An eye-opening debut month for legal sports betting in Ohio has some gambling industry experts rethinking the market’s potential.
Before the Jan. 1 launch, PlayOhio projected sports betting in Ohio could generate as much as $8 billion in bets this year, putting the state among the top five largest U.S. markets.
After just one month, the Buckeye State positioned itself as the second-largest legal market in the country.
Eric Ramsey, PlayOhio’s senior analyst, says the market could be 25% larger in the first year than initially forecasted. If the pace holds, Ohio sportsbook could see as much as $10 billion in bets in 2023, he says.
“Everyone had big expectations for Ohio heading into launch, but this early performance is outpacing even the most optimistic forecasts. There’s a real possibility that it could end up as the second largest sports betting state behind New York this year, likely positioned ahead of larger and more mature states like Illinois and Pennsylvania.”
Ohio sports betting market maturing before our eyes
According to state regulators, bettors spent more than $1.1 billion in January on sports betting. Ohio’s retail and online sportsbooks generated just under $209 million in revenue, an all-time monthly high in the post-PASPA era.
“These numbers are more in line with what we expected to see in the second or third year of operation,” Ramsey says.
Should Ohio sportsbooks maintain a comparable activity level for the remainder of 2023, the market would overtake all others except New York.
By the end of the year, NY gamblers are projected to spend more than $17.1 billion. Legal sports betting in Illinois could see as much as $10.4 billion in bets.
Ohio could exceed 2023 projections in more-mature markets, such as New Jersey ($10.1 billion), Nevada ($8.3 billion) and Pennsylvania ($7.6 billion).
In January, NY sportsbooks generated $1.8 billion in bets, allowing the Empire State to remain the national leader. New Jersey, which was briefly the largest national market, reported $1.08 billion while Nevada books posted $935.8 million in legal betting. Illinois has yet to report January’s numbers.
Ohio’s appetite for sports gambling
A combination of factors plays into Ohio’s favor to stake a top-tier position in the legal U.S. sports betting industry.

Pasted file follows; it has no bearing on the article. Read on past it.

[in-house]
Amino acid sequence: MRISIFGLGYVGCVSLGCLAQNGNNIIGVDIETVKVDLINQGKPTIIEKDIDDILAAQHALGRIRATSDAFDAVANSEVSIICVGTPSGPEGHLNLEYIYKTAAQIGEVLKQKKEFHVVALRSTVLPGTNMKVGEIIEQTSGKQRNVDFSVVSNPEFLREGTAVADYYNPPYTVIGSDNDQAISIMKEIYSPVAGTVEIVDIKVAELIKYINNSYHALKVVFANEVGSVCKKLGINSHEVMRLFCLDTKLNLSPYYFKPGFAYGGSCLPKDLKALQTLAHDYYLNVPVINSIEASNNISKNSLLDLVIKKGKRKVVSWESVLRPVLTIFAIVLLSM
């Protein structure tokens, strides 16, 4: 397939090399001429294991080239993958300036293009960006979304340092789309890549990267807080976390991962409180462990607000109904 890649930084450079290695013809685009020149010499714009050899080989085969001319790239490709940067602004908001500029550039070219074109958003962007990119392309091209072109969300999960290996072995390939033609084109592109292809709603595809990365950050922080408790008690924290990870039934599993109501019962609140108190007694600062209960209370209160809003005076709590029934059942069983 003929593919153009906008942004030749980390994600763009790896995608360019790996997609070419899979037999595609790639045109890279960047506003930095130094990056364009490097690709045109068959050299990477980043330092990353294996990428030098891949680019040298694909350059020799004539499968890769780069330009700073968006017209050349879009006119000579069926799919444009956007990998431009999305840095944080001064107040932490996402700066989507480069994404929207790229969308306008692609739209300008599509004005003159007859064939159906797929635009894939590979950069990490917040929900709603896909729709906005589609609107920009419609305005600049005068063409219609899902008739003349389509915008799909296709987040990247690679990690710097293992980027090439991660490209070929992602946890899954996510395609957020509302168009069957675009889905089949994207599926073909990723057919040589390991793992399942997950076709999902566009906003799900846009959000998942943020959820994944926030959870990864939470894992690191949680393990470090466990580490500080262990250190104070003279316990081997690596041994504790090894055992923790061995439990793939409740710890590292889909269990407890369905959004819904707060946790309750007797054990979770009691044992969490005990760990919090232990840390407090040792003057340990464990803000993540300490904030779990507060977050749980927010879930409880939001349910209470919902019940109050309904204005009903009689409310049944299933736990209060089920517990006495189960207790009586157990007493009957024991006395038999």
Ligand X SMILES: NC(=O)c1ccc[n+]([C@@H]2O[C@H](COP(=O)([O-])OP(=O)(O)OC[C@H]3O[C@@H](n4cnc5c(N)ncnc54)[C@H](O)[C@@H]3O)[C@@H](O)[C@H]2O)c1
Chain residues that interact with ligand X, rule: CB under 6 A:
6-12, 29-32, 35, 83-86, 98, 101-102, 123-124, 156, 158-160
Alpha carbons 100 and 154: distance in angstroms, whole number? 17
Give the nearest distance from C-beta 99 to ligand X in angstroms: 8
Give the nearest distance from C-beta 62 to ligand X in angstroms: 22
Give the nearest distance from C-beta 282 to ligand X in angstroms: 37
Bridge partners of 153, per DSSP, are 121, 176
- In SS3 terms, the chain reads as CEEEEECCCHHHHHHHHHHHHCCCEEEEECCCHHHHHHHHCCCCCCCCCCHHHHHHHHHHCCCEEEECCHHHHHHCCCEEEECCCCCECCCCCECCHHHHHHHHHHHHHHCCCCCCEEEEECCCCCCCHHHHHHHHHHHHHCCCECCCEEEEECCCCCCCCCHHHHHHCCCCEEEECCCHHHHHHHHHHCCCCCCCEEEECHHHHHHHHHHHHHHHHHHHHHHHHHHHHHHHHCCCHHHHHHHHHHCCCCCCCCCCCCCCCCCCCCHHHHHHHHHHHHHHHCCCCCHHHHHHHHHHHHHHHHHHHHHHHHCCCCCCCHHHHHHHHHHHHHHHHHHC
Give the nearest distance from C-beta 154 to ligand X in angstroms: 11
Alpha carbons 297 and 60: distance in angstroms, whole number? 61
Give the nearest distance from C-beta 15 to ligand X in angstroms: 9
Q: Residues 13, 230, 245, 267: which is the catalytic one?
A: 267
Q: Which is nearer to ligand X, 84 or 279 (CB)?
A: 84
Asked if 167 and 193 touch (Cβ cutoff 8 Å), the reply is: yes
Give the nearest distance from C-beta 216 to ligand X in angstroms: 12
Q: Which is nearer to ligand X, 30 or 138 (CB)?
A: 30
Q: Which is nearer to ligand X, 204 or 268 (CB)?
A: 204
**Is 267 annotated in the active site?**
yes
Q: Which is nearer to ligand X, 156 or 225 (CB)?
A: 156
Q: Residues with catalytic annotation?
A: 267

The seventh-most populous state (12 million residents) is home to eight professional sports teams and an elite college football program at Ohio State University. The timing of the state’s launch coincided well with the football playoff schedule, typically a heavy sports betting period. The regular seasons in basketball and hockey were also underway.
Besides being a sports-crazed, heavily populated state, Ohio’s 10% tax rate on sports betting revenue is attractive to sportsbook operators. The low rate also encourages smaller or unproven bookmakers to launch in Ohio. The path to profitability is less challenging than somewhere like NY and its 51% tax rate.
How much sportsbooks are willing to spend in order to attract and retain customers is another key market metric. Promotional spending by Ohio sportsbooks in January was nearly $320 million. In Maryland, which launched online sports betting five weeks before Ohio, operators spent $71 million on promos.
“To be on the path to $10+ billion in year-one handle is a real testament to the appetite for betting in Ohio — and to operators’ willingness to spend money to acquire customers in a highly competitive market,” Ramsey says.
The Ohio Casino Control Commission licensed 28 sportsbooks — 12 retail shops and 16 sports betting apps — for the New Year’s Day launch. Others have already joined the market, and more are expected to be available sometime in 2023.